So far, very limited research activities have been conducted on P. edulis focusing only on agro-morphological diversity, ontogeny, micro-propagation, phytochemistry and nutritional analysis. As far as we know, very limited work is available using molecular DNA data such as EST-SSR [17] and no report is available on evaluation of its genetic diversity using ISSR markers. This study was therefore conducted in view of assessing the extent of genetic diversity within and among P. edulis populations collected from diverse agro-ecological regions in Ethiopia using ISSR markers. The generated information could be used as baseline in the future to support marker assisted breeding, conservation and germplasm management of this crop.


Plant material

Seeds of 67 P. edulis accessions, representing nine populations, were collected from the four main growing regions in the country (Table 1; Fig. 1). The seed samples for each accession were planted on separate pots filled with soil in a glasshouse at College of Natural Sciences, Addis Ababa University, Ethiopia. After planting, 5-week old young leave tissues were collected from five plants per accession and dried in a silica-gel filled zip-lockbag.

Table 1 List of P. edulis populations and the administrative regions, zones and woredas of collection used in the present study, along with their altitude, latitude and longitude
Fig. 1
figure 1

A map of Ethiopia with federal administrative regions (left down) showing P. edulis accessions collection administrative regions (left up). The map was constructed based on geographic coordinates and elevation data gathered from each collection sites using global positioning system (GPS)

Genomic DNA extraction, primer screening and optimization

Genomic DNA extraction and PCR amplification were performed at the Plant Genetics Research Laboratory, College of Natural Sciences, Addis Ababa University, Ethiopia. Following the CTAB (2% Cetyl Trimethyl Ammonium Bromide) protocol [18], approximately 0.5 g of silica gel dried and Restech mixer mill fine ground leaf powder was used for genomic DNA extraction with minor modifications such that the chloroform extraction step was repeated three times to yield high-quality DNA. The quality and quantity of DNA was checked using 1% w/v agarose gel and Thermo Scientific nanodrop spectrophotometer (NanoDrop 2000/2000c, Thermo Fisher Scientific, Wilmington, USA), respectively.

Twenty-five ISSR primers (Source: Primer kit 900 (UBC 900) obtained from University of British Columbia, Vancouver, Canada) were used during the initial screening for variability and reproducibility. Ten (seven di-nucleotides—five of which were anchored, two tri-nucleotides and one penta-nucleotide) polymorphic primers capable of generating reproducible bands were selected and optimized for the study (Table 2).

Table 2 List of ISSR primers along with their annealing temperature, respective sequences and amplification efficiency used during optimization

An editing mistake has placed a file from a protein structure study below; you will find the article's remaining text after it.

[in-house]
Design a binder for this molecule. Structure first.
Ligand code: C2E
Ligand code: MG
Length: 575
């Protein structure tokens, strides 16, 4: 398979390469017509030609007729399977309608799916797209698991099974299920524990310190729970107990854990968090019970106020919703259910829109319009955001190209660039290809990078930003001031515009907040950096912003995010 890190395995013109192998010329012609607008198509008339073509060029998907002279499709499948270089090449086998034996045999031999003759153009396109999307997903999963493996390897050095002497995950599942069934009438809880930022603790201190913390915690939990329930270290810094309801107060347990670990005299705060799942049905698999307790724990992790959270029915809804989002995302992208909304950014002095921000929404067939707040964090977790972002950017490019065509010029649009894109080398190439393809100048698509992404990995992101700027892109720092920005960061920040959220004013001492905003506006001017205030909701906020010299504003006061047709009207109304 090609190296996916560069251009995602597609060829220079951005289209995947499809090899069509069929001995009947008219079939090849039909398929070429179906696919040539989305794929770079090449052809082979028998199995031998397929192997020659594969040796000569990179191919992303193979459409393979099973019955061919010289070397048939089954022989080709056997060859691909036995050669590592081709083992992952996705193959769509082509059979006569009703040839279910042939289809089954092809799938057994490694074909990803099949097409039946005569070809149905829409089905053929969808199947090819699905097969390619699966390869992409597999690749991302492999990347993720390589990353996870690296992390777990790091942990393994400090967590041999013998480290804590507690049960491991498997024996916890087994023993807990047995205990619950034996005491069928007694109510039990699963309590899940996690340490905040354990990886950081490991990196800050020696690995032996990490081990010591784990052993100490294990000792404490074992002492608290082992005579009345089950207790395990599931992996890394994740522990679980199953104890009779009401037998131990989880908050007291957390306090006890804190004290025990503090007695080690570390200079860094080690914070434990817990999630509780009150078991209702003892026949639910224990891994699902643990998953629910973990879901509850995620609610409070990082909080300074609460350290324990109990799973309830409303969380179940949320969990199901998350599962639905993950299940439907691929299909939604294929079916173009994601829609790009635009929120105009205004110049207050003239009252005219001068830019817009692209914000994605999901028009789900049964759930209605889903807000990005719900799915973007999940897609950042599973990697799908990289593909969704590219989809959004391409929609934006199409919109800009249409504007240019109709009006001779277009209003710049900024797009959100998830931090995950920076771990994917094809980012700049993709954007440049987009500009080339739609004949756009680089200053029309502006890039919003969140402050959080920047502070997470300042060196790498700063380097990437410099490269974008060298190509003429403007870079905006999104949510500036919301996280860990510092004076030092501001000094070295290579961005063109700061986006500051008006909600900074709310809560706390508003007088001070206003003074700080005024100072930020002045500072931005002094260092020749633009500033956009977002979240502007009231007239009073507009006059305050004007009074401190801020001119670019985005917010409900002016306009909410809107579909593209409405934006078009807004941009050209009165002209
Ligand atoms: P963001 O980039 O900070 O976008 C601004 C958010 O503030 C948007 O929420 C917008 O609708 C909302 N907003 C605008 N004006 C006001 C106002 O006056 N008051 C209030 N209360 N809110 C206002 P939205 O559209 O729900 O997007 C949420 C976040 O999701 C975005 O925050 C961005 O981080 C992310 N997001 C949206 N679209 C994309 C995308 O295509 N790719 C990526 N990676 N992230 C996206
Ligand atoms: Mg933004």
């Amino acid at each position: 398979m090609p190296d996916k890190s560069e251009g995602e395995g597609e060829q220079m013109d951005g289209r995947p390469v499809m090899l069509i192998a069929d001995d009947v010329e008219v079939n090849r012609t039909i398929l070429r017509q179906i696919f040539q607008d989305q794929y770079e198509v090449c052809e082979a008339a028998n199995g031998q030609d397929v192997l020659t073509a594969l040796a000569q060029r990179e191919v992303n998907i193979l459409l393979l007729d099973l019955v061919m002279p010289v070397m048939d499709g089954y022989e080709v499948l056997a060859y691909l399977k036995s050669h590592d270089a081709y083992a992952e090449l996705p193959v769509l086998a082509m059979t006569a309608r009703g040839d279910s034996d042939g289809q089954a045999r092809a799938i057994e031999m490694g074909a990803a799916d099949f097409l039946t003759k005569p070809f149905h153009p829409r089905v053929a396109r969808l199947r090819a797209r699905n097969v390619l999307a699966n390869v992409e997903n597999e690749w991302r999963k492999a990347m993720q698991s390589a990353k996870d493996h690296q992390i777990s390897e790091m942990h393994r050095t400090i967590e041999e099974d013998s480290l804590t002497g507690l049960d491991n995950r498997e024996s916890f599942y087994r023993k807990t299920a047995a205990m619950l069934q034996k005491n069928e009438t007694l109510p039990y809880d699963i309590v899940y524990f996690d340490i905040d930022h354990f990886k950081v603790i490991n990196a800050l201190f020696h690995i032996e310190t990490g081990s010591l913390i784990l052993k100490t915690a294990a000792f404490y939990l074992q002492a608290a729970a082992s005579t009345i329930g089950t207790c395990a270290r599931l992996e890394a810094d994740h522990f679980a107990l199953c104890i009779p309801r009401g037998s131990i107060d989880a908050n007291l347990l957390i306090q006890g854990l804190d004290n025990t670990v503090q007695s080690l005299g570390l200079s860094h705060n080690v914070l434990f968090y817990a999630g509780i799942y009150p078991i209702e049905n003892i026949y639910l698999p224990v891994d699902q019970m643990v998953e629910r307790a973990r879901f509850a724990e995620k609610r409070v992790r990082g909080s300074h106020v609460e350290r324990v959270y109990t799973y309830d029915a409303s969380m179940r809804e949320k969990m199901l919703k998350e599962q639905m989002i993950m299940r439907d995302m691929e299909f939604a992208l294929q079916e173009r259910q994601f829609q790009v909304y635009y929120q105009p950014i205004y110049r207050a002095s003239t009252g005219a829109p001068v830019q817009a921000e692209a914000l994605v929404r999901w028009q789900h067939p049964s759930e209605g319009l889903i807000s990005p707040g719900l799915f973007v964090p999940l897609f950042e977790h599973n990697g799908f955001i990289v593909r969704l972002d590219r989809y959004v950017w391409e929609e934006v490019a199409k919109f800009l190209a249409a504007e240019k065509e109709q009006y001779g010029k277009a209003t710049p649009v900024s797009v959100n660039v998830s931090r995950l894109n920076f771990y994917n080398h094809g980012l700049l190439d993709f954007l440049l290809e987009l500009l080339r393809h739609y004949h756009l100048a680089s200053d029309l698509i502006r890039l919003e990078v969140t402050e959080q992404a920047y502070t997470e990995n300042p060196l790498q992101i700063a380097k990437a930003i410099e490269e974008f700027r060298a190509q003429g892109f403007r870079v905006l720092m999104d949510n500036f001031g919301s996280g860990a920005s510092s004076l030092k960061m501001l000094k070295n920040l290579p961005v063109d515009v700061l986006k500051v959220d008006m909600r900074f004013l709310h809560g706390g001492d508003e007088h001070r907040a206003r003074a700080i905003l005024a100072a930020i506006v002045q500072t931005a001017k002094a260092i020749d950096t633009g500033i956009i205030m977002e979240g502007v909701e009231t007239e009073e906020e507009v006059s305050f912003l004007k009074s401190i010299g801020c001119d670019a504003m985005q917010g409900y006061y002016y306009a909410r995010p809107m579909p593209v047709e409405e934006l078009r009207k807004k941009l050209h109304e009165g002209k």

PCR amplification and gel electrophoresis

PCR amplification was conducted in a final volume of 25 μl reaction mixture per sample containing ddH2O (15.2 μl), MgCl2 (25 mM) (3.0 μl), Taq buffer (10× reaction buffer S) (2.5 μl), dNTPs (1.25 mM) (1.0 μl), primer (20 pmol μl−1) (0.4 μl), Fire Pol DNA Polymerase (5 U μl−1) (0.4 μl), (FIREPOL® DNA polymerase, Solis BioDyne, Estonia) and template DNA (10 ng µl−1) (2.5 µl). The amplification program was set at 94 °C for 4 min preheating and initial denaturation, followed by 40 cycles of denaturation at 94 °C for 15 s, primer annealing at specific annealing temperature for each primer (Table 2) for 1 min, extension at 72 °C for 1 min and 30 s each cycle and final extension at 72 °C for 7 min. The PCR amplification products were electrophoresed using 1.67% w/v agarose gel and size of the fragments was estimated against 100 bp DNA ladder (Thermo Fisher Scientific, Massachusetts, USA) (Fig. 2).

Fig. 2
figure 2

ISSR profiles generated for 12 representative individual samples of P. edulis populations using UBC 324 (a) and UBC 812 (b). M = 100 bp DNA ladder; C = negative control; numbers from 1 to 12 represents PE001, PE004, PE008, PE013, PE016, PE022, PE025, PE034, PE042, PE050, PE056, and PE065 accessions, respectively

Band scoring and data analysis

The resulting bands were considered as unit character and scored as present (1), absent (0) and ambiguous (?). After successful scoring, the data were assembled into a binary data matrix with the samples in a row and the ISSR markers (loci) in column.

The resulting data matrix was analyzed using appropriate software. POPGENE ver. 1.32 [19] was used in particular to determine the percentage of polymorphic loci (PPL), gene diversity (h), and Shannon’s information index (I). Arlequin ver. 3.01 [20] was used to determine the analysis of molecular variance (AMOVA) within and among the populations. Using NTSYS-pc version 2.02 [21] and Free Tree [22], Jaccard’s similarity coefficient-based unweighted pair group method with arithmetic average (UPGMA) [23] and neighbor-joining (NJ) [24, 25] clusters were drawn to determine the genetic relationship between individual samples and populations considered in this study. To further examine the patterns of variation among individual samples, a principal coordinate analysis (PCoA) was performed using GenAlEx 6.5 [26].


ISSR primers and their banding patterns

The ten screened and optimized ISSR primers produced 74 clear and scorable bands over the entire nine populations (an average of 7.4 per primer). The molecular weight of the fragments ranged between 200 and 2000 bp. UBC-834 produced the highest number of scorable bands (12), whereas UBC-835 and UBC-868 scored the lowest (5 bands each) (Table 3).

Table 3 Number of reproducible scored bands (NRSB), number of polymorphic loci (NPL), percent of polymorphic loci (PPL), Nei’s gene diversity (h), and Shannon’s information index (I) scored over the entire nine populations studied

Evaluation of the ISSR primers and their diversity indices